Carillion’s collapse shows public sector outsourcing is risky and limited. It’s time for a rethink and greater scrutiny and transparency, argue John Tizard and David Walker.
If last year the charred stump of Grenfell Tower symbolised the failure of arm’s length management of public services, then the collapse of Carillion shows the limits of the outsourcing model that has dominated for the past three decades.
Once a straightforward construction firm, Carillion saw a chance to make money from the running of prisons and schools and – evidently – lost focus as a result.
It’s government that will have to pick up the tab if the company folds – just as when G4S failed to deliver at the 2012 Olympics –incurring costs that were not factored into the original contract and subverting its arithmetic.
We’ve written Out of Contract, to be published next week by the Smith Institute, because outsourcing has reached a watershed and there’s an urgent need to re-survey this landscape.
Whether it’s in Sheffield where a contract apparently is so inflexible it can’t stop the felling of beloved trees or in NHS England’s thinking about new integrated health schemes or councils having to confront the imminent withdrawal of Four Seasons and others from social care, public service contracting seems risky and problematic.
Of course it remains big business. The National Audit Office reckons contracting could account for £100bn of UK public spending.
But that it can’t give a single, accurate figure itself speaks volumes.
Contracting has grown rapidly but piecemeal. Little analysis has been done; we lack performance data. The last major review was commissioned in 2008 by the Brown government from the economist DeAnne Julius, a former non-executive director of a contractor firm.
It’s time not just for a review – and one that spans the NHS, Whitehall, local government and the devolved administrations – but to push the pause button in the interim. Let’s make the default for public services public provision and chart the distance from there to where we now are.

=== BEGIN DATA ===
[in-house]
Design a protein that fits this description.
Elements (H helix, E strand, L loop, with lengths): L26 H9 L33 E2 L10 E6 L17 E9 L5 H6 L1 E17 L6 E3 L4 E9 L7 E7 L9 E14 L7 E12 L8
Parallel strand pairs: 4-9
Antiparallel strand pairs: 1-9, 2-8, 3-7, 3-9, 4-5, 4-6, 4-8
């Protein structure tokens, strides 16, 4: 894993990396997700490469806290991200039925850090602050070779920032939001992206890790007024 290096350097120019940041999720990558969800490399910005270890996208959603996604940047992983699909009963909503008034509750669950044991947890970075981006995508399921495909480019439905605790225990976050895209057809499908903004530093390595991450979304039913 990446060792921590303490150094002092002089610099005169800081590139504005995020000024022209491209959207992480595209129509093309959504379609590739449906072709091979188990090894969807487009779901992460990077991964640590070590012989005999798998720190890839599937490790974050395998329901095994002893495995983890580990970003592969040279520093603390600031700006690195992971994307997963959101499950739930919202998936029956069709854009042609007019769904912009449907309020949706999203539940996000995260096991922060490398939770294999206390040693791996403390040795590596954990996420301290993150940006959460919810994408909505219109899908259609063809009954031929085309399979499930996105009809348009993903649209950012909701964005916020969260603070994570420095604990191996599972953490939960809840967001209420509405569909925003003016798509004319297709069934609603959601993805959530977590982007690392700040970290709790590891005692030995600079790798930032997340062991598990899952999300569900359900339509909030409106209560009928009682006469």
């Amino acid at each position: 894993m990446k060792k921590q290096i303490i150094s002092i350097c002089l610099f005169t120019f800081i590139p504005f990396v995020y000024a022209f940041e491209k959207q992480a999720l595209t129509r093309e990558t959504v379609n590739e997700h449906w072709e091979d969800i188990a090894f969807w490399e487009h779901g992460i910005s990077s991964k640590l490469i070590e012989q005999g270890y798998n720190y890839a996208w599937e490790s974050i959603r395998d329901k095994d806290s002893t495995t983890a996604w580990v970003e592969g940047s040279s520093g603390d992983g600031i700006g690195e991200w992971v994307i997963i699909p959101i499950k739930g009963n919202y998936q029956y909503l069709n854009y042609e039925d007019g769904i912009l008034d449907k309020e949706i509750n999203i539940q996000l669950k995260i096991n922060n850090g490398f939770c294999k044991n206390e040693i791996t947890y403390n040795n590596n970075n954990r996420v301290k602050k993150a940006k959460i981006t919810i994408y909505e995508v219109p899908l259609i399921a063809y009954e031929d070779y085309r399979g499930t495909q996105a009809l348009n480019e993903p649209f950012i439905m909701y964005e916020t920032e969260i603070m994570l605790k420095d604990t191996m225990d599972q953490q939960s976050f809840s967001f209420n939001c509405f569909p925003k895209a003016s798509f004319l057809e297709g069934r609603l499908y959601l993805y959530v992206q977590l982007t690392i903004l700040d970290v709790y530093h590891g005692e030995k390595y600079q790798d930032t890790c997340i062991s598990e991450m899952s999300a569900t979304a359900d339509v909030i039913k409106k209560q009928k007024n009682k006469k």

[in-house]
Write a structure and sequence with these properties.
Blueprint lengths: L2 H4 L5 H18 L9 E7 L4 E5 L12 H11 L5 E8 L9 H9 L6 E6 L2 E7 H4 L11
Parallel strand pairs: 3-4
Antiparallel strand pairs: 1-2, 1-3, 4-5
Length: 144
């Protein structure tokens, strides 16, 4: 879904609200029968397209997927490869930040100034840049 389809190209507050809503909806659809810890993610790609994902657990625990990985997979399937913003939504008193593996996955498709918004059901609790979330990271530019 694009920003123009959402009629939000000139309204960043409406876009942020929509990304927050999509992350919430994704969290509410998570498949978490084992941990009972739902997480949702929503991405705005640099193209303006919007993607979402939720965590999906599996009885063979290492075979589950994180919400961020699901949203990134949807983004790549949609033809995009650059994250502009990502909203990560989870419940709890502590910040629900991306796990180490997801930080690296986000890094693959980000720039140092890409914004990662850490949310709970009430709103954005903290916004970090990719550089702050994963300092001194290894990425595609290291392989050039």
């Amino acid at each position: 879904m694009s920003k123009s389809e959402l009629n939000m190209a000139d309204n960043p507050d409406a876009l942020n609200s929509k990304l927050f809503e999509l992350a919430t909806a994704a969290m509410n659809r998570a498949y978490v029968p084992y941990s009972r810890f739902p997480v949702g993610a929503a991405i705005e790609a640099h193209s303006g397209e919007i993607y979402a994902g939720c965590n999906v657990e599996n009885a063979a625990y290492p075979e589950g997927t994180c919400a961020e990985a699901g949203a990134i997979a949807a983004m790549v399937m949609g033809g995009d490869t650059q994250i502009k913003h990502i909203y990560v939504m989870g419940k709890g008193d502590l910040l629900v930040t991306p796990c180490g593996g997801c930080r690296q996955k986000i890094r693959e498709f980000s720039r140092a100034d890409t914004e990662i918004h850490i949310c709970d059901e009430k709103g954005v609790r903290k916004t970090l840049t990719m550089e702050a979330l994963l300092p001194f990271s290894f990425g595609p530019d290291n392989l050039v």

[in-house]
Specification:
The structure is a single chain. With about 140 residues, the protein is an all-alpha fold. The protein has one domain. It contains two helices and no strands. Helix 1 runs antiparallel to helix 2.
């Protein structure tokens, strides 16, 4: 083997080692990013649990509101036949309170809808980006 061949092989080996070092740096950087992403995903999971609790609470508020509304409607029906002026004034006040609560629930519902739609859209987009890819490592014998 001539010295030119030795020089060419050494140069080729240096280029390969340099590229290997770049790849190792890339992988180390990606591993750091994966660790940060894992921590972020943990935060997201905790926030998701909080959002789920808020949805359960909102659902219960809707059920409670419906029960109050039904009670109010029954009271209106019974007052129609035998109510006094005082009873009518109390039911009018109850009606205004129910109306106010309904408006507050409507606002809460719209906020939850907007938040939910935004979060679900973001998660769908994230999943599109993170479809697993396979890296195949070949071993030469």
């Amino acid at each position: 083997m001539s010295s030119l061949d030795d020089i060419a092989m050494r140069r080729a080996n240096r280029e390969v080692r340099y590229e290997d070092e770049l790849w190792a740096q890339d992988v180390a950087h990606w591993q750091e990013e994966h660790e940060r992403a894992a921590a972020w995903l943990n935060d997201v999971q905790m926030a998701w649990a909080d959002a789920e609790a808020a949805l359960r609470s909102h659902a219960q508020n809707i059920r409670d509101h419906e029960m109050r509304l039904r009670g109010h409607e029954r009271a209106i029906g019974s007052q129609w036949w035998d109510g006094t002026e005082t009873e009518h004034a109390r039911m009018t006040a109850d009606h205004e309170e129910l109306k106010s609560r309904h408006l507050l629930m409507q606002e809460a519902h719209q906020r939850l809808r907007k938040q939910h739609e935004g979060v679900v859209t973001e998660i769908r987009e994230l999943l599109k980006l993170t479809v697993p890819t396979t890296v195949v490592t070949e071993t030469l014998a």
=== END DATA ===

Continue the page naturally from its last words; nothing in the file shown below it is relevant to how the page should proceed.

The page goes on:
Even that’s hard because we simply don’t know enough. The Whole of Government Accounts, (bedside reading for public finance directors) don’t begin to get at the implicit costs of contracting. Like the banks, if contractors fail it’s the public sector that has to step in; that is a form of insurance and should be costed.
WGA doesn’t assess contract risks or trace the flow of public money into private sector balance sheets where tax liabilities are often laundered away in the tax havens.
If services are delivered by a contractor that does not recognise unions, that barely pays the minimum wage, that pays its directors millions – those are all matters of public concern.
Shouldn’t the public finances, in aggregate, price a contract higher if contractors slash pay and staff end up having to claim tax credits to get by?
The creation of the Crown Commercial Service has given Whitehall more credibility as a sort of macro commissioner but its remit covers only a fraction of outsourcing.
We desperately lack comparative data.
An IT firm performs badly on an NHS contract but the local authority negotiating with the same company for a £500m 10-year deal has no way of knowing.
A central register is needed and we argue for a ‘Domesday Book’ for public service contacting, along with new pan-public sector contract regulation.
Firms can offer the public sector additional capacity and specialist advice.
But the decision to ‘make or buy’ – whether to go outside should not be forced by dogma.
Contracting terms are too often heavily skewed.
Public bodies don’t know enough about the companies they are dealing with; ‘commercial confidentiality’ has too often been used to mask bad deals.
It’s time to shine a bright light into the murk.